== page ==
Why Japan Lacks a Sandwich Culture

Japanese food is great.  Before I came to Japan, I knew of teriyaki and sushi, but little did I realize how much  variety there truly is.  Over the past few months I’ve been blogging each week about the different school lunches we get, and while not all the food served is Japanese, it can give you a good idea of the range in Japanese food.

Not convinced?  Here’s just a few Japanese foods:

Tempura

Tempura is a simple flour based breading used for deep-frying.  Even with this seemingly simple item there are a lot of differences.  The method linked above is a combination of vegetables and meat cooked together.  From there, tempura goes to the famous fried panko breaded shrimp, or even fish sticks.  The possibilities are boundless.

Sushi

Sushi is a staple of Japanese cuisine.  As someone who never liked fish, let alone raw food before I came here, I can sympathize with people who shudder at the idea.  Yet, coming here and sampling the amazing complexity of food available in just this one style has changed my mind.  The fresh fish available in Japan has made some types of sushi my favorite foods.  Sushi can include simple cut fish (sashimi), cut fish over sushi rice (sushi), rolled rice and fish/veg (maki sushi), or even non-fish dishes like inari or egg.

Sushi can and is offered with nearly every type of fish available in Japan and beyond.  I’ve found ones I like and a few I hate, but the style and differences provide innumerable possibilities.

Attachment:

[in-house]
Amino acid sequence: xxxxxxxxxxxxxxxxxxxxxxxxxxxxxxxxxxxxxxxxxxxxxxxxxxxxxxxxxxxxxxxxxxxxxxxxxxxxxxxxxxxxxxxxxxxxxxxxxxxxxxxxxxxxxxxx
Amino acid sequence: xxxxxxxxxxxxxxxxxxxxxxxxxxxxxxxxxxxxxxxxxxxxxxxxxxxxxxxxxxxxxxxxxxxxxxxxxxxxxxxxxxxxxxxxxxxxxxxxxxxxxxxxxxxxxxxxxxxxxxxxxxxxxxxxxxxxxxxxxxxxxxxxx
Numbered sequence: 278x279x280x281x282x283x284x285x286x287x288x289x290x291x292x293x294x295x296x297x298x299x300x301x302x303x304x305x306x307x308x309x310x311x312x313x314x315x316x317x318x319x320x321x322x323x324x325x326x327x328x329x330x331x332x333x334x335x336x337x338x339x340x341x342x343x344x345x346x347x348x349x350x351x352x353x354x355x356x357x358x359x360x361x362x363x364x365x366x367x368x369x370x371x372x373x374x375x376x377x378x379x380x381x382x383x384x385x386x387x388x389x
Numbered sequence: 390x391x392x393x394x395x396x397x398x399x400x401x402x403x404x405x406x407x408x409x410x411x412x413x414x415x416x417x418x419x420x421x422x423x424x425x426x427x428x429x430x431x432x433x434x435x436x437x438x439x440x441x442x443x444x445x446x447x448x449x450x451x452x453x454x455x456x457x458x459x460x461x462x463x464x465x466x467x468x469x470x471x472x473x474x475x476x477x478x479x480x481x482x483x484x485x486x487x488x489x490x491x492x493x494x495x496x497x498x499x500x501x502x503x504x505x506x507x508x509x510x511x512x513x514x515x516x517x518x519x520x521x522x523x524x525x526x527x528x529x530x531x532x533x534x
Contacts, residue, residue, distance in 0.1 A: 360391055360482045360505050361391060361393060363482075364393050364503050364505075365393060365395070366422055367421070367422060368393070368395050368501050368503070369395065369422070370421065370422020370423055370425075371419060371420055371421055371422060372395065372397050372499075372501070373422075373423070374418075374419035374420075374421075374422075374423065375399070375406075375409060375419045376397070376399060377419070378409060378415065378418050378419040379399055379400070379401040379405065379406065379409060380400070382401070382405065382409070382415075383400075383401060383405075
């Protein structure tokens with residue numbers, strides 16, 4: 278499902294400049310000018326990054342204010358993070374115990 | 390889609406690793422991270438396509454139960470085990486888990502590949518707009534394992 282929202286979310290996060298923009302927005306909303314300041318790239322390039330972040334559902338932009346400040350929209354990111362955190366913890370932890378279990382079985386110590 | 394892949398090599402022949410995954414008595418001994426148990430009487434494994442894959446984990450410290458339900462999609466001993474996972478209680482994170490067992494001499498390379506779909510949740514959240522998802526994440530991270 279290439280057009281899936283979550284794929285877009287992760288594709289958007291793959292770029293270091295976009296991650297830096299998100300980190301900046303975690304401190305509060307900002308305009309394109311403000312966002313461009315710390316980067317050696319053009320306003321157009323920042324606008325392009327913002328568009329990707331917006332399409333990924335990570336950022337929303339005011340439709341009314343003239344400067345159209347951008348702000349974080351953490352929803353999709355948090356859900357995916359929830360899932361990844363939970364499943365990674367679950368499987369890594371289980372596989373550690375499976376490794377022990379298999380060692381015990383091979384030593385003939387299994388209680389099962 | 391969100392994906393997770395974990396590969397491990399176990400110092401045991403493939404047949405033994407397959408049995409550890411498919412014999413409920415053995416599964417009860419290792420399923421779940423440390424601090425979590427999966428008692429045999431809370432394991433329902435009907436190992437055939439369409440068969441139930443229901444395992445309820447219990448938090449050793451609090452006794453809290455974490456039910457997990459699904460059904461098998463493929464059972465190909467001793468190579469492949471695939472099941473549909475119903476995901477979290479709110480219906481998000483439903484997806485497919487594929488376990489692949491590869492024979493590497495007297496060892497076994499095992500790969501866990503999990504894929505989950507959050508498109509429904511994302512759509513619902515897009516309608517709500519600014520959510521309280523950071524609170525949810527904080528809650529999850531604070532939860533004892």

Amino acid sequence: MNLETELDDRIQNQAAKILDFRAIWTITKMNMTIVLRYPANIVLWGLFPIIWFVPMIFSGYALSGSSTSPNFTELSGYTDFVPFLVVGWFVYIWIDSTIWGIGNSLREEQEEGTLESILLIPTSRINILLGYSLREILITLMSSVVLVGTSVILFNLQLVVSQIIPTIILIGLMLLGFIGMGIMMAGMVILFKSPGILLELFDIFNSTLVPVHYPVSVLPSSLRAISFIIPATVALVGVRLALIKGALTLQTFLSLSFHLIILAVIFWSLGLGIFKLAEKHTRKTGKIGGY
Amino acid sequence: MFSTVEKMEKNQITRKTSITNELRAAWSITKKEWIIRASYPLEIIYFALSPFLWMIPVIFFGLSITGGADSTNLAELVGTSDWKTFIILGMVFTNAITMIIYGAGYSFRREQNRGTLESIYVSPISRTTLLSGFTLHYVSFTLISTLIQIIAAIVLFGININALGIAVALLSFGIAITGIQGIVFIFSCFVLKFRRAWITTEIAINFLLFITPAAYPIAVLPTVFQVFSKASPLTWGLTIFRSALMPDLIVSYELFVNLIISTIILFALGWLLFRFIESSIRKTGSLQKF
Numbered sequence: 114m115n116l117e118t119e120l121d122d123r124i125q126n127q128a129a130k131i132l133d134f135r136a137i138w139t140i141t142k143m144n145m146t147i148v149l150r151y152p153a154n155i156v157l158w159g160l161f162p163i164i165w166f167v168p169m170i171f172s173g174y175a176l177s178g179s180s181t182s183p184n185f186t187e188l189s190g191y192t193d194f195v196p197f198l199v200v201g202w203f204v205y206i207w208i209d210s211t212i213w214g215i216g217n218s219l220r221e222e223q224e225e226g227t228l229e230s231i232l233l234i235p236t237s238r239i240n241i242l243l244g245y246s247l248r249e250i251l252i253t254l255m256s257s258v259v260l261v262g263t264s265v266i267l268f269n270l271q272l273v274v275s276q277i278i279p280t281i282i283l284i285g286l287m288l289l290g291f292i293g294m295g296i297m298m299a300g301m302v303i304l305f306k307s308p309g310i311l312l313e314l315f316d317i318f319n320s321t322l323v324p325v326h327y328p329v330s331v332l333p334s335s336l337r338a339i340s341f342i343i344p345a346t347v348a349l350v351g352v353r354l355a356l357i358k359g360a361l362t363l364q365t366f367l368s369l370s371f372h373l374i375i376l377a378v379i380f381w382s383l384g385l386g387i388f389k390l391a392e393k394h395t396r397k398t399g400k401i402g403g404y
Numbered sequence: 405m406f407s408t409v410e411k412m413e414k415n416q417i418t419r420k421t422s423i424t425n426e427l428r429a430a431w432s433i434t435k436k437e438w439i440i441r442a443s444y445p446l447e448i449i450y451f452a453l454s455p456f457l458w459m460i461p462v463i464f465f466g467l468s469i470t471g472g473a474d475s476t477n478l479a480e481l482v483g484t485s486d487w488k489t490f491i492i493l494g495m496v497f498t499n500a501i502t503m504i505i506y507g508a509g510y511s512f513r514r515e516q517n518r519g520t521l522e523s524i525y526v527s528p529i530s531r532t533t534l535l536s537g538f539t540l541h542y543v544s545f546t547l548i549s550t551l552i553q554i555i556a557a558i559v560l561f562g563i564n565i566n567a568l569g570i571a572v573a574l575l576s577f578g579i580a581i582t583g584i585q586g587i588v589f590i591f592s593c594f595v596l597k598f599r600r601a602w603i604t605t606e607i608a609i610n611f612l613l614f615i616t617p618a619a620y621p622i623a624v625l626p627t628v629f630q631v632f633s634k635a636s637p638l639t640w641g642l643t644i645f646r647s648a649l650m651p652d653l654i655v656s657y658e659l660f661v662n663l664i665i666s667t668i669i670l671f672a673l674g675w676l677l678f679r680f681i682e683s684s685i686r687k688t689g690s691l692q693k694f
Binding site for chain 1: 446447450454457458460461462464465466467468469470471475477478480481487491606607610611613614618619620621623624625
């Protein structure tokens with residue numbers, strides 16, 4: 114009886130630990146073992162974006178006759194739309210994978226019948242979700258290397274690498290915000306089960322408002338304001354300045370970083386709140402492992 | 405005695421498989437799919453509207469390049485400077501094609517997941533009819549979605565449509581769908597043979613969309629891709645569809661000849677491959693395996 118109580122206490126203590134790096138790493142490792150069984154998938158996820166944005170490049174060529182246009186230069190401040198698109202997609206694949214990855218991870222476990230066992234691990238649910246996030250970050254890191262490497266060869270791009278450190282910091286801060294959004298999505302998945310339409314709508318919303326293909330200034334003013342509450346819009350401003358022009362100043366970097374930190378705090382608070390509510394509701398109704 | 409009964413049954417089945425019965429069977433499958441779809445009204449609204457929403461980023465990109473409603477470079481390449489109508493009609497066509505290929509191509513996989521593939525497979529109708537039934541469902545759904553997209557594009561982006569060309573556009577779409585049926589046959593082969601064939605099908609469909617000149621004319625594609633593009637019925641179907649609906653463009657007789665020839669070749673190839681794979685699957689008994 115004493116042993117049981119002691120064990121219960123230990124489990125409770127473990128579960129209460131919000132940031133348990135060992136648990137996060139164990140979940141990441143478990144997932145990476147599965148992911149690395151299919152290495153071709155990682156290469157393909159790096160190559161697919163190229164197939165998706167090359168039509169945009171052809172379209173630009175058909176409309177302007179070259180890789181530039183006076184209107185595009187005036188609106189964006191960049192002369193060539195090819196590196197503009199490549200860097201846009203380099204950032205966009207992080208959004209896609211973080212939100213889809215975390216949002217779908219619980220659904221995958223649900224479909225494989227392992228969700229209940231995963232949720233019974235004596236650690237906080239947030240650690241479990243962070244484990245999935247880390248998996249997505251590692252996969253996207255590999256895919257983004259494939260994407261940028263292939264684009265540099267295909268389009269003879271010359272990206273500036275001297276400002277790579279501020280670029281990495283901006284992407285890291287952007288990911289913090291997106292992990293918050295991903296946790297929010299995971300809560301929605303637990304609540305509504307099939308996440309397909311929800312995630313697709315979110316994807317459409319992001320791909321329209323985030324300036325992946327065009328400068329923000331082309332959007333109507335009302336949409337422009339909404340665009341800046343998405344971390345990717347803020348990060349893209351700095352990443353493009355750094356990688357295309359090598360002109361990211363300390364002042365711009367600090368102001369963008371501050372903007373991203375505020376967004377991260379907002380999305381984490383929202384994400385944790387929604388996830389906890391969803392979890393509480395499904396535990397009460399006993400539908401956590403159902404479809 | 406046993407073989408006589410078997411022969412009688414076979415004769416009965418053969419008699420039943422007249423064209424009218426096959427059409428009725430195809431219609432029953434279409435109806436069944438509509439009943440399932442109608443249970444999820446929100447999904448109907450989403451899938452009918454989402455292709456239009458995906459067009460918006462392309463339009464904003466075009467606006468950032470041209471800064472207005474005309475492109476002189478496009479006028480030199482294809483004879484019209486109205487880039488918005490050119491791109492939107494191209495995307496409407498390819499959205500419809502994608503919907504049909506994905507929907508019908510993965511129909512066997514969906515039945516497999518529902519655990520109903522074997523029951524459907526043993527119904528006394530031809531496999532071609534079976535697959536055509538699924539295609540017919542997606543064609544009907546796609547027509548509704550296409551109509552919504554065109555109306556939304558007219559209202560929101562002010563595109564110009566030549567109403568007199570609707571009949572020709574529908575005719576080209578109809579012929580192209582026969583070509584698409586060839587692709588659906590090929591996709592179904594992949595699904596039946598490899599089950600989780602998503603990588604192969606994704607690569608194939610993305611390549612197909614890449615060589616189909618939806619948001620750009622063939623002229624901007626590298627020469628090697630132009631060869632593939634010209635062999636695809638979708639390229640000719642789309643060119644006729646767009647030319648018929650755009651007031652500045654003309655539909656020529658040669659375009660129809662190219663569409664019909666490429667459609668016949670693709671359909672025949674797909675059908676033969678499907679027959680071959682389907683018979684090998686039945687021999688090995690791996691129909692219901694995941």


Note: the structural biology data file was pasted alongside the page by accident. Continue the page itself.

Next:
Noodles

Here’s another huge category of food in Japan.  The traditional noodles are soba and udon, though ramen has been widely adopted as well.  Noodles are easy to eat with hashi (chopsticks) and vary by region.  They are fried, put in broth, and served on wooden trays. Soba are usually buckwheat, while udon are larger thicker noodles found also in nabe and other dishes.

Fish

Aside from raw preparations in sushi, fish is served in innumerable ways in Japan.  Its baked, fried, stewed, crunched, and even serves as the base of many soups and seasonings.  It’s no wonder that living on an island nation, has led many Japanese to develop various uses for fish.  From mini whole fishes to stews with fish eyes, to huge stacks of smoked tuna from a giant fish, there’s a lot to experience in Japan

The Title Mentions Sandwiches?

Get the idea? There’s a lot of traditional foods in Japan.  There are also a lot of foreign foods being widely accepted in Japan.  Katsu is now a popular Japanese soul food introduced by foreigners when Japan was open to the international community.  There are a whole host of Korean, Indian, and even American restaurants around Japan.  So, where are the sandwiches?

Sandwiches have, in my opinion, been one of the slowest foreign foods to take off in Japan.  While its true that convenience stores often have a few sandwiches in their cooler sections, and there even a few Subway restaurants, sandwiches are not as popular here as the United States. (There were 3 major chains of sub shops in Tucson alone when I went to school there)

So why no sandwich love?  Lets take a look at Japanese history and culture for the reasons why sandwiches have been slow to take hold.